Title: Jet Girl: My Life in War, Peace and the Cockpit of the Navy’s Most Lethal Aircraft: the F/A-18 Super Hornet
Author: Caroline Johnson with Hof Williams
Published: 5 November, 2019
Publisher: St. Martin’s Press
I received a copy of Jet Girl from Netgalley in exchange for a fair and honest review. All thoughts and opinions are my own.
A fresh, unique insider’s view of what it’s like to be a woman aviator in today’s US Navy—from pedicures to parachutes, friendship to firefights.
Caroline Johnson was an unlikely aviation candidate. A tall blonde debutante from Colorado, she could have just as easily gone into fashion or filmmaking, and yet she went on to become an F/A-18 Super Hornet Weapons System Officer. She was one of the first women to fly a combat mission over Iraq since 2011, and one of the first women to drop bombs on ISIS.
Jet Girl tells the remarkable story of the women fighting at the forefront in a military system that allows them to reach the highest peaks, and yet is in many respects still a fraternity. Johnson offers an insider’s view on the fascinating, thrilling, dangerous and, at times, glamorous world of being a naval aviator.
This is a coming-of age story about a young college-aged woman who draws strength from a tight knit group of friends, called the Jet Girls, and struggles with all the ordinary problems of life: love, work, catty housewives, father figures, make-up, wardrobe, not to mention being put into harm’s way daily with terrorist groups such as ISIS and world powers such as Russia and Iran.
Some of the most memorable parts of the book are about real life in training, in the air and in combat—how do you deal with having to pee in a cockpit the size of a bumper car going 600 miles an hour?
Not just a memoir, this book also aims to change the conversation and to inspire and attract the next generation of men and women who are tempted to explore a life of adventure and service.
I’ve had a long-standing fascination with military aircraft, and in particularly, fighter jets, which has in turn extended to an interest in the people who fly them and the mentality that it takes to be a military pilot. I don’t naturally gravitate towards biographies or memoirs – especially not when I don’t even know anything about the subject – but Jet Girl caught my eye and I ended up requesting it out of sheer curiosity.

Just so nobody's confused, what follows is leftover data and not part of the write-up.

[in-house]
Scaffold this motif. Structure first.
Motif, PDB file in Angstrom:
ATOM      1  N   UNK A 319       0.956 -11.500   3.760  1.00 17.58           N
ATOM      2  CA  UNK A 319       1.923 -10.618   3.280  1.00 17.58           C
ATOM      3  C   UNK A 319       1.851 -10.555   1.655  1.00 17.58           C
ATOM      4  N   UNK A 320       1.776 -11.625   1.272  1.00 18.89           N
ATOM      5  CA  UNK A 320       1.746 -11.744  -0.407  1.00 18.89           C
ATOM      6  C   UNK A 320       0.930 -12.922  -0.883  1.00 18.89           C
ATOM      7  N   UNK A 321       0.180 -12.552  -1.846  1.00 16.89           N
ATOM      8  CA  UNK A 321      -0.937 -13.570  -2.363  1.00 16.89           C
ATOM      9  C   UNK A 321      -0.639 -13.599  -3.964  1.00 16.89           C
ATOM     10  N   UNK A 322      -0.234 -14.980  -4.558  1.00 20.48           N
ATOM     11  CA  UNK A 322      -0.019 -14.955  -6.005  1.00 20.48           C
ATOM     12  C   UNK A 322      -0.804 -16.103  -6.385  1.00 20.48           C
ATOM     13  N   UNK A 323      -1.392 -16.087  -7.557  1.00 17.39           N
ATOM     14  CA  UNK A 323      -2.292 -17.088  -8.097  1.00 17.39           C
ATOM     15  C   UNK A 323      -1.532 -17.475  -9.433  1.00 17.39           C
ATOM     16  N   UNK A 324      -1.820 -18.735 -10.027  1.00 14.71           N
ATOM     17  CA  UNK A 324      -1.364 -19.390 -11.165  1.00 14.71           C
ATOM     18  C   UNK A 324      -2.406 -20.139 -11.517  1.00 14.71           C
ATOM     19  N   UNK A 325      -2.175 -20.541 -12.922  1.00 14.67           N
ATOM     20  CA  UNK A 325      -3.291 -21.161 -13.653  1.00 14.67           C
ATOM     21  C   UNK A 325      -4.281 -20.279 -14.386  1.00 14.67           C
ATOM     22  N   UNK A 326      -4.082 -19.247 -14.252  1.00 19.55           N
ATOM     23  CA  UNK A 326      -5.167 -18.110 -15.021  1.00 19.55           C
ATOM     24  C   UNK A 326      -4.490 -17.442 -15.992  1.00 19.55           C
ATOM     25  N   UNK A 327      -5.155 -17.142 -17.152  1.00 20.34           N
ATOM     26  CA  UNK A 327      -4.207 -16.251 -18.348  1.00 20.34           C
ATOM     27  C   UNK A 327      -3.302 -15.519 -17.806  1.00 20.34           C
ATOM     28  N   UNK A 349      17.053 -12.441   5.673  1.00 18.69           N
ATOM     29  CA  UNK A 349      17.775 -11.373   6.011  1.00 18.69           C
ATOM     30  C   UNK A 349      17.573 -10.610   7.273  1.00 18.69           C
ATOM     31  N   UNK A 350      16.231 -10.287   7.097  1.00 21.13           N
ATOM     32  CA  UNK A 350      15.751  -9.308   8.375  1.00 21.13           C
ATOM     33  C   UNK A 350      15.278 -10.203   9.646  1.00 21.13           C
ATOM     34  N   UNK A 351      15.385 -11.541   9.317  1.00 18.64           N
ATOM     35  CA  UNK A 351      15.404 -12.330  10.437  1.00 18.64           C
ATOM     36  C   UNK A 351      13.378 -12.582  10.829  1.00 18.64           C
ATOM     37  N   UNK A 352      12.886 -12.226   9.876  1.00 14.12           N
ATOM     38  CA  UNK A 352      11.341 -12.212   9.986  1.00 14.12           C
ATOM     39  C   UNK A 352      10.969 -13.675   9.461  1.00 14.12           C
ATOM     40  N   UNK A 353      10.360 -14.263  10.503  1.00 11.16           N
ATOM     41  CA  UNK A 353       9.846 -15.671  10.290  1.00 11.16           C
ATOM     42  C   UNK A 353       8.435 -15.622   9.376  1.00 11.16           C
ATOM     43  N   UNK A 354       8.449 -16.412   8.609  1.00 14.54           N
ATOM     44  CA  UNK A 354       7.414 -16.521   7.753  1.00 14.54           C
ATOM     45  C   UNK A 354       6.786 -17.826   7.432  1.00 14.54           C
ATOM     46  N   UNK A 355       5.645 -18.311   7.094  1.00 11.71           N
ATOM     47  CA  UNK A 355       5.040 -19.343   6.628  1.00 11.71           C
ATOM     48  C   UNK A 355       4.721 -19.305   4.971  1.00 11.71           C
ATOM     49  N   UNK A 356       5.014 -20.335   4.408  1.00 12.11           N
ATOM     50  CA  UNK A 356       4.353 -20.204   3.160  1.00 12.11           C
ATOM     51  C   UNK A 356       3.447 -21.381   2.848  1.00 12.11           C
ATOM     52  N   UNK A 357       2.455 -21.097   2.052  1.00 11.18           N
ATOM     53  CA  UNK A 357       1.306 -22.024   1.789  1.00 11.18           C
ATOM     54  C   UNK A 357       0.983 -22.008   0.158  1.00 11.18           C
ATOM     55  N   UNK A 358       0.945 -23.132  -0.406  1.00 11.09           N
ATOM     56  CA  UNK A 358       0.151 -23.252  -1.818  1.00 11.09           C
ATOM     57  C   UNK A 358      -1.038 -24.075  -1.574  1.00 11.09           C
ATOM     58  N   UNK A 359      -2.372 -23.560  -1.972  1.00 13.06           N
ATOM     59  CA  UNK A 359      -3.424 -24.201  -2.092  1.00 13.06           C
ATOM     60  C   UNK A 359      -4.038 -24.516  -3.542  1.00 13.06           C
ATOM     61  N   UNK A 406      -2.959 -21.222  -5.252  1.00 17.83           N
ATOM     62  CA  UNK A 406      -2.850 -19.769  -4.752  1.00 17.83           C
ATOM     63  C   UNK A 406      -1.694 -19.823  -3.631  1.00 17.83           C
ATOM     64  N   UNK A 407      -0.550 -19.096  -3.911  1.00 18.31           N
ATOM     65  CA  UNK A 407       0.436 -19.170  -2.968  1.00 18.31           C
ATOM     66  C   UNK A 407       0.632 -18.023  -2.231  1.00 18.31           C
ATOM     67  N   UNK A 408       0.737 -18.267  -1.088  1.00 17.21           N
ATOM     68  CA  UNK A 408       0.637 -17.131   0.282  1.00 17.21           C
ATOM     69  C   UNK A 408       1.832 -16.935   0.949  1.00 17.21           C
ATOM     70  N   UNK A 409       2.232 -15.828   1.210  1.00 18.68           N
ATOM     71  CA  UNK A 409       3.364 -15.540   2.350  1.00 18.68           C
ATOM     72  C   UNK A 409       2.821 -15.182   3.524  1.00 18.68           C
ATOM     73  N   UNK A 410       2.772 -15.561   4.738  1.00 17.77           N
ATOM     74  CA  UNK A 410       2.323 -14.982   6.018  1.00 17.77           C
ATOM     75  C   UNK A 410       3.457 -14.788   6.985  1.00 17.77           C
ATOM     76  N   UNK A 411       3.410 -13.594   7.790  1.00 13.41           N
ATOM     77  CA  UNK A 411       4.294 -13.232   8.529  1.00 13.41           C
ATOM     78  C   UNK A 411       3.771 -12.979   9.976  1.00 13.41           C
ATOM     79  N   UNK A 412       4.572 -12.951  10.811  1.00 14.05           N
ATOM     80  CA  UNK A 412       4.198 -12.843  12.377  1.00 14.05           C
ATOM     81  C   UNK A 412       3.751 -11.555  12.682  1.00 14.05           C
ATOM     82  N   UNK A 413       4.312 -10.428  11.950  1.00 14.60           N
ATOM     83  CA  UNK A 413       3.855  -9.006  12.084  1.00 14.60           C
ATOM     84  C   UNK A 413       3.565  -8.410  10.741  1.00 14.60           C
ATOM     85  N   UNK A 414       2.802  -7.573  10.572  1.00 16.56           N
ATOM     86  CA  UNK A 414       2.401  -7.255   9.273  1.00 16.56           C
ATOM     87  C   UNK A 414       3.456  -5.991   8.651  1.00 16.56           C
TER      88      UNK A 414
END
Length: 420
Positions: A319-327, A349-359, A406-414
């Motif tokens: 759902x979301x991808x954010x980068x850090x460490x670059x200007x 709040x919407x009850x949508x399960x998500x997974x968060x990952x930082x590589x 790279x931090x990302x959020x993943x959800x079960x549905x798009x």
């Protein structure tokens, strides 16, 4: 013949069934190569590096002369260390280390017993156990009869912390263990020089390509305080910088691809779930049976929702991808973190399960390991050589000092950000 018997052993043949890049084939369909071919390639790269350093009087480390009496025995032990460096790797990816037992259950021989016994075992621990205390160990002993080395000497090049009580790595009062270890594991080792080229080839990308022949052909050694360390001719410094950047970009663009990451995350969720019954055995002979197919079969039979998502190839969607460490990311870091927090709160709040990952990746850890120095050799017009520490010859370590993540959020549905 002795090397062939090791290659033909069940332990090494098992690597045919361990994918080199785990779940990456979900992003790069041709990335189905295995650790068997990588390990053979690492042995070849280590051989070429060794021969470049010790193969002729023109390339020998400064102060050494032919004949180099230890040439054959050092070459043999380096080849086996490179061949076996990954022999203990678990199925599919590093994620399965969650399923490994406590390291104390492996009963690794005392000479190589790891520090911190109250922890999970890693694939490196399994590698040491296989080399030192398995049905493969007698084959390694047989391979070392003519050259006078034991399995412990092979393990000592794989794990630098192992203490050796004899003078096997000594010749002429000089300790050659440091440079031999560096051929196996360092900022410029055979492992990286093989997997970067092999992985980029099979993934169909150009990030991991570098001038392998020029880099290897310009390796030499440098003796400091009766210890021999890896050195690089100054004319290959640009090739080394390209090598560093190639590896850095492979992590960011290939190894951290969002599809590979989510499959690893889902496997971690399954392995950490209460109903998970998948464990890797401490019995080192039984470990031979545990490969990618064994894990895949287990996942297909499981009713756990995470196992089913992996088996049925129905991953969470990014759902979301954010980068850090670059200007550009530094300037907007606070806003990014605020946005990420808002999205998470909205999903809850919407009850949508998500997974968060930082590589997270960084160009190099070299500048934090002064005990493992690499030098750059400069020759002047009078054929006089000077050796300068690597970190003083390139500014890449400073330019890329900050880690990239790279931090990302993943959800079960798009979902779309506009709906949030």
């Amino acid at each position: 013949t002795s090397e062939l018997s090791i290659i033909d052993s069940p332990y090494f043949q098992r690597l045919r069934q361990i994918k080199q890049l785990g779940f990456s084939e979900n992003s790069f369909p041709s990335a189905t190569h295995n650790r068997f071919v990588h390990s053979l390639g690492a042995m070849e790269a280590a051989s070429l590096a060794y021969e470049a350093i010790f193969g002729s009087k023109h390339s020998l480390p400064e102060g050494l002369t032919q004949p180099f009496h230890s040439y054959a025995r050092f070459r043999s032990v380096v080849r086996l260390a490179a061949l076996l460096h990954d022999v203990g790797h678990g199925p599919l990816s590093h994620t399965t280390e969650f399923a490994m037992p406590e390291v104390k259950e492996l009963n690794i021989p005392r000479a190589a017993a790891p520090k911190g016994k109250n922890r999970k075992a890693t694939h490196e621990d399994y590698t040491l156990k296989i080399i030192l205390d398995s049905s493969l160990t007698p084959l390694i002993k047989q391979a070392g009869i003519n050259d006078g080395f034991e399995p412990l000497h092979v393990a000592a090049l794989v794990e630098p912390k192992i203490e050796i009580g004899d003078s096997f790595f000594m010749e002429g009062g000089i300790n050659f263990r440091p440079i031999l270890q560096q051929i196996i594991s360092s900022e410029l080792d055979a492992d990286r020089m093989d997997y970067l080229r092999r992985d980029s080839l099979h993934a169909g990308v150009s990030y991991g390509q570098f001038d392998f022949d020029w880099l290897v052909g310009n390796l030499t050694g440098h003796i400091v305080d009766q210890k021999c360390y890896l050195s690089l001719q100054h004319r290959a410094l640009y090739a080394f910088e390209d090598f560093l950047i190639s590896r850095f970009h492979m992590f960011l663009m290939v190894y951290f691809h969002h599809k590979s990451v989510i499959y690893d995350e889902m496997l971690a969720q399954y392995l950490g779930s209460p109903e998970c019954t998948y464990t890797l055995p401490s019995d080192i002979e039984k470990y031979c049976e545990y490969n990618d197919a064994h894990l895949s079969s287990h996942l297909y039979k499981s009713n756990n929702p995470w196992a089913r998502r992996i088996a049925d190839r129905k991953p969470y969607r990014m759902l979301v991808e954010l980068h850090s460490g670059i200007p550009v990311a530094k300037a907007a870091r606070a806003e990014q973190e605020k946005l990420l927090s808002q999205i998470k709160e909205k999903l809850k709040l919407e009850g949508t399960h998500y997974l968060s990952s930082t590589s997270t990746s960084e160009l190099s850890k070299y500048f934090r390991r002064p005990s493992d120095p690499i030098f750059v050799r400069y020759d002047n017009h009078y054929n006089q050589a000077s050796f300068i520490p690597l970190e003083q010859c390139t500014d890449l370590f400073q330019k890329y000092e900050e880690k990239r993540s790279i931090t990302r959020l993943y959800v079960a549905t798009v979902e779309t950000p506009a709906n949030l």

Caroline Johnson is a fascinating woman – she made the decision to join the U.S. Navy, go through pilot training and flew F/A-18 Super Hornets in the Middle East. I have absolutely nothing in common with her, but reading her path from her first day at the naval academy to the day she dropped bombs on ISIS terrorists in Iraq to the days when she questioned her place in the Navy were so vividly retold that it felt like I was there.
Told through a series of almost-vignettes, moving backwards and forwards in time to weave her story, the format took a few chapters to get used to but once that happened I was deeply invested. It’s clear the Johnson had some fantastic experiences… and also some disappointing, and even devastating ones, during her time as a pilot.
She shares tiny details that I never would have even thought of, from decorating the room she shared with the other female pilots (Jet Girls) on the carrier they called home, to how women go to the toilet in the cockpit – which she could have been in for anywhere between 2-8 hours at a time – and the continued isolation of women in the military. She talks about shore leave, her mentors (good and bad), the rigorous training she underwent to become the best the Navy had to offer, and the mental strain that military personnel are under constantly.
I did find that the ending seemed a little abrupt, but it did leave off on a definite point for discussion – how does the Navy support and encourage the change in mentality to wards women in the military. That conversation wasn’t really unpacked (mostly because it was the most recent part of Johnson’s story and, likely, is still in progress) but besides that the rest of the book was just fascinating.
I’m very glad that I finally read Jet Girl.